In March, 2013, Denver’s premier social media marketing group welcomed Jim Thomas (@jimtdenver), Attorney/Owner at Minor & Brown, to discuss Legal & Copyright Considerations for Social Media Marketing. The material and discussion comprised Chapter Three of the custom Social Media Strategy Plans group members are developing.


Video courtesy of Conversation Starters Public Relations
If you’re following the group on Facebook or Twitter using the hashtag #SMGDenver, you may have seen some of the ongoing conversation. Here are highlights of that conversation, with some additional detail from the content provided at the event.

#smgdenver don’t worry about competition using your posts. Instead, focus on always providing more valuable content to your customers! – @musicmunch

Jim offered that the odds of your media being reused in violation of your rights are relatively high. Don’t post it if you couldn’t live with it being used by your competitors. Remember that Terms of Use contain licenses that give the platforms the right to use your property.

Why copyright a Tweet? Sharing is more important than ownership, it’s social, after all. Legal tip from @JimTdenver #SMGdenver – @toothdoclee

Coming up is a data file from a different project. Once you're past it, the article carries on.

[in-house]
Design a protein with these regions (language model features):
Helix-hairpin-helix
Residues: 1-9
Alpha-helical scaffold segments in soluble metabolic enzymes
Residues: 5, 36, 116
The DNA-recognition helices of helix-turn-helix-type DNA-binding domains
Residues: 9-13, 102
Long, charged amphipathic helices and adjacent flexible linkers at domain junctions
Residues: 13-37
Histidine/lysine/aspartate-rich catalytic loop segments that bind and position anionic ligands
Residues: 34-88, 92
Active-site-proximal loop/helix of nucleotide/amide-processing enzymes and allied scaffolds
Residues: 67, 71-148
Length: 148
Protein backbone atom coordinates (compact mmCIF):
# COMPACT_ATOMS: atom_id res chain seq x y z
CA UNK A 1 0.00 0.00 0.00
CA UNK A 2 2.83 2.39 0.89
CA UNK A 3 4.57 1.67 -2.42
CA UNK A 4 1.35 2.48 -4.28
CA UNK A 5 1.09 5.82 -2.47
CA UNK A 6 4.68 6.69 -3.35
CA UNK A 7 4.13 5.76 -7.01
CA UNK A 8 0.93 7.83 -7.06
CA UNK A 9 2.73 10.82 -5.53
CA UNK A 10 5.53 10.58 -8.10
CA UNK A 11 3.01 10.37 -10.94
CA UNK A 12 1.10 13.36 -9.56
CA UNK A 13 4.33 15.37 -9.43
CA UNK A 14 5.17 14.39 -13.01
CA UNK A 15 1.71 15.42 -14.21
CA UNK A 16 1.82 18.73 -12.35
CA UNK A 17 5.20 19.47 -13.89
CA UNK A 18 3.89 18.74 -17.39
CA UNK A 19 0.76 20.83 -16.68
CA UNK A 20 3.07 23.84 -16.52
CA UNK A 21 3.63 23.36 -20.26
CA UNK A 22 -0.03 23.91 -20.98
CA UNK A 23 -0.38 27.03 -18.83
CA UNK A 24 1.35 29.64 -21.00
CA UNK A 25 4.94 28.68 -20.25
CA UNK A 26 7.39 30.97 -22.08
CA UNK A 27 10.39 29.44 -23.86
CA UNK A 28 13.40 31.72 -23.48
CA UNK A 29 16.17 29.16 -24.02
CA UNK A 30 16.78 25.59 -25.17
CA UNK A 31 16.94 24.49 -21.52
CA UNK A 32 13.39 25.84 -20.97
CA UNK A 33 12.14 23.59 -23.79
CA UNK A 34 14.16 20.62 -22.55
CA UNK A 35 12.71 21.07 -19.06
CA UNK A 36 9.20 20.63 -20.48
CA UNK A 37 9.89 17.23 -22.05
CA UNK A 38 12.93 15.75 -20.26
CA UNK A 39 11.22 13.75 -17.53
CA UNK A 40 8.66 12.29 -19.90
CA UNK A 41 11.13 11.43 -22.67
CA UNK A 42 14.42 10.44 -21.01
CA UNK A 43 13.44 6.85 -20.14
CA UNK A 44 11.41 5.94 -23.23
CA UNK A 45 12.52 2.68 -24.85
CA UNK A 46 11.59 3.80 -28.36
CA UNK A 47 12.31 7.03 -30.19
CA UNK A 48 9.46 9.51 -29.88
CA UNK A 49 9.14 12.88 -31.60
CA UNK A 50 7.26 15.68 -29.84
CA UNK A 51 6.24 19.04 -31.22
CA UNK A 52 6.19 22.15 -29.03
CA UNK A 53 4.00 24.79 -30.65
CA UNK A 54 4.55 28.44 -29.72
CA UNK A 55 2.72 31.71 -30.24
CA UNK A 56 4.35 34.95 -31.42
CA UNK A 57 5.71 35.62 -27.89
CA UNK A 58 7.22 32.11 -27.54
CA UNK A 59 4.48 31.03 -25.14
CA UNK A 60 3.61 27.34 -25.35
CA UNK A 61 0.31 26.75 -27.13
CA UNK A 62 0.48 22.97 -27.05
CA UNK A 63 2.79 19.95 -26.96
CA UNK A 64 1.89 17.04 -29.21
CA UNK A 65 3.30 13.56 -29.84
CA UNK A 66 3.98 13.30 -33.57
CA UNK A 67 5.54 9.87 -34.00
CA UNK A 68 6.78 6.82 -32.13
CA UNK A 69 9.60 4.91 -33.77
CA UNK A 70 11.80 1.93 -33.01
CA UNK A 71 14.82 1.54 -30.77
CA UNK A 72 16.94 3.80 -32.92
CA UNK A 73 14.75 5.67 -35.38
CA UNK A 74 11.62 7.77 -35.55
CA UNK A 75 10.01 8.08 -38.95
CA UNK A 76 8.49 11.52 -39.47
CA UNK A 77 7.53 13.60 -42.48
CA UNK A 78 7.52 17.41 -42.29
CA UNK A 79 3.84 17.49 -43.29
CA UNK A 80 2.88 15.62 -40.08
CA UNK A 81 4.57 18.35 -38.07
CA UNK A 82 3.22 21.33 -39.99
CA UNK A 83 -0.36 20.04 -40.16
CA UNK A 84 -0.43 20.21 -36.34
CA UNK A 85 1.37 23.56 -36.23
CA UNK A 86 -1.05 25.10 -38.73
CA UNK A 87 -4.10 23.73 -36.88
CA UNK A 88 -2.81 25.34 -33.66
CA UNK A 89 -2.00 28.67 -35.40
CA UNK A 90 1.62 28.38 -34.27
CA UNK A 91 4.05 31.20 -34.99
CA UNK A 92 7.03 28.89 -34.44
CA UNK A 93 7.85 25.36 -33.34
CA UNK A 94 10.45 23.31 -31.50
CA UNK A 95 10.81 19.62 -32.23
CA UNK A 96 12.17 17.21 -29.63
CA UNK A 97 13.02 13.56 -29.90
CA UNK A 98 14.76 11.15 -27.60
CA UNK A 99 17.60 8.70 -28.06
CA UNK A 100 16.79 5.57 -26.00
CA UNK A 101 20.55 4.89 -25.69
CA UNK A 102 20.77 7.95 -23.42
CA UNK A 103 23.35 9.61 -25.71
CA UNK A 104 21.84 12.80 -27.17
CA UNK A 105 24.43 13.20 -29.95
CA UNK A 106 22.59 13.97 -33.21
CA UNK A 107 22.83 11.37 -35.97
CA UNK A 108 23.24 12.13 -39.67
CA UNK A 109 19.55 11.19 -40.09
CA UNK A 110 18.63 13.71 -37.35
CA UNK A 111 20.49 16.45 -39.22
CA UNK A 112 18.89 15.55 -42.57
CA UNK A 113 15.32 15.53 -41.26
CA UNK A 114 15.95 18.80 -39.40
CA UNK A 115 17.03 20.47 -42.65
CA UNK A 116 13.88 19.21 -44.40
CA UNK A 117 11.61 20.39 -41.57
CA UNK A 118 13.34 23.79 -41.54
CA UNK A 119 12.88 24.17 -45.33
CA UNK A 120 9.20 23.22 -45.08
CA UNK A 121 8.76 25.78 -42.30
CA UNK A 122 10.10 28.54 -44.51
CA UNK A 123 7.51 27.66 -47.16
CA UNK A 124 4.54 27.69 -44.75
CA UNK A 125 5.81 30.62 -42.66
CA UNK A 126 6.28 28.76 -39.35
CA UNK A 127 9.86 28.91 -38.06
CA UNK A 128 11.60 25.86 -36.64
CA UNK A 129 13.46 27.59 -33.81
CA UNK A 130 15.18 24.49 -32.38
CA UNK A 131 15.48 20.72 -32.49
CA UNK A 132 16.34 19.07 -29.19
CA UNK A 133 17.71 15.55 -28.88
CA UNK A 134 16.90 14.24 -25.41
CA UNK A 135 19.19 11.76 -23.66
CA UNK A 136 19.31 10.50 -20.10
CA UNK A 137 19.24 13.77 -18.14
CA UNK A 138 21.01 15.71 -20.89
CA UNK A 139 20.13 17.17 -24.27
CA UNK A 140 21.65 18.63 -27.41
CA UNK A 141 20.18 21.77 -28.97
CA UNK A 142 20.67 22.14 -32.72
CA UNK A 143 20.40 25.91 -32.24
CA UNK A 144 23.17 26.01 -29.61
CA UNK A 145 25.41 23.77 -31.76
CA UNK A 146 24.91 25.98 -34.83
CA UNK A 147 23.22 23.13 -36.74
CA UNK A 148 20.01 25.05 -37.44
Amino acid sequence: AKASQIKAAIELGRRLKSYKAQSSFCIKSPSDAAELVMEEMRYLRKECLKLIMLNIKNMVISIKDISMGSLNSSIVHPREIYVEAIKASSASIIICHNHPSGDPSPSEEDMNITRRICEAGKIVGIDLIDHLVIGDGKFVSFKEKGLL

While it’s true that, technically, you own the copyright by publishing it first, that defense is difficult at best to support.  Jim and Dr. Weisbard agree here that the goal for your content should be consumption and sharing. Social media marketing should be offensive rather than defensive.

And when you err, should you delete the tweets and posts? No. Citing spoliation laws, Jim suggested treating social media content exactly like any record-keeping requirements that apply to your business. Hiding the evidence just creates more problems.

 

Thanks to #SMGDenver or I would not have known about the new ruling from the FTC. – @RoofBrokersInc

This was actually contributed by the group and was news to our guest expert (Everyone learns something every time)! On Wednesday, March 13, 2013, the Federal Trade Commission mandated sponsored tweets be clearly noted as such. The most popular and FTC-approved solution is to precede the principal content of the tweet with “Ad:”.

 

Listening to @jimtdenver at #SMGdenver”Who owns the social media account when the employee leaves?” Good stuff!! – @kimbirly

While admitting to an “evolving landscape” around this topic, Jim cited Colorado HB 1046, the National Labor Relations Act and the Stored Communications Act. These state that an employer cannot require disclosure of passwords or “friending.” Personal use of social media can be restricted during work hours or on company assets. Jim advised checking with an attorney before taking disciplinary action based on social media. Regarding noncompetition/nonsolicitation/confidentiality/trade secrets—think customer list—an employer’s best course of action is clear and reasonable policies, employment agreements, and covenants and consistent enforcement thereof.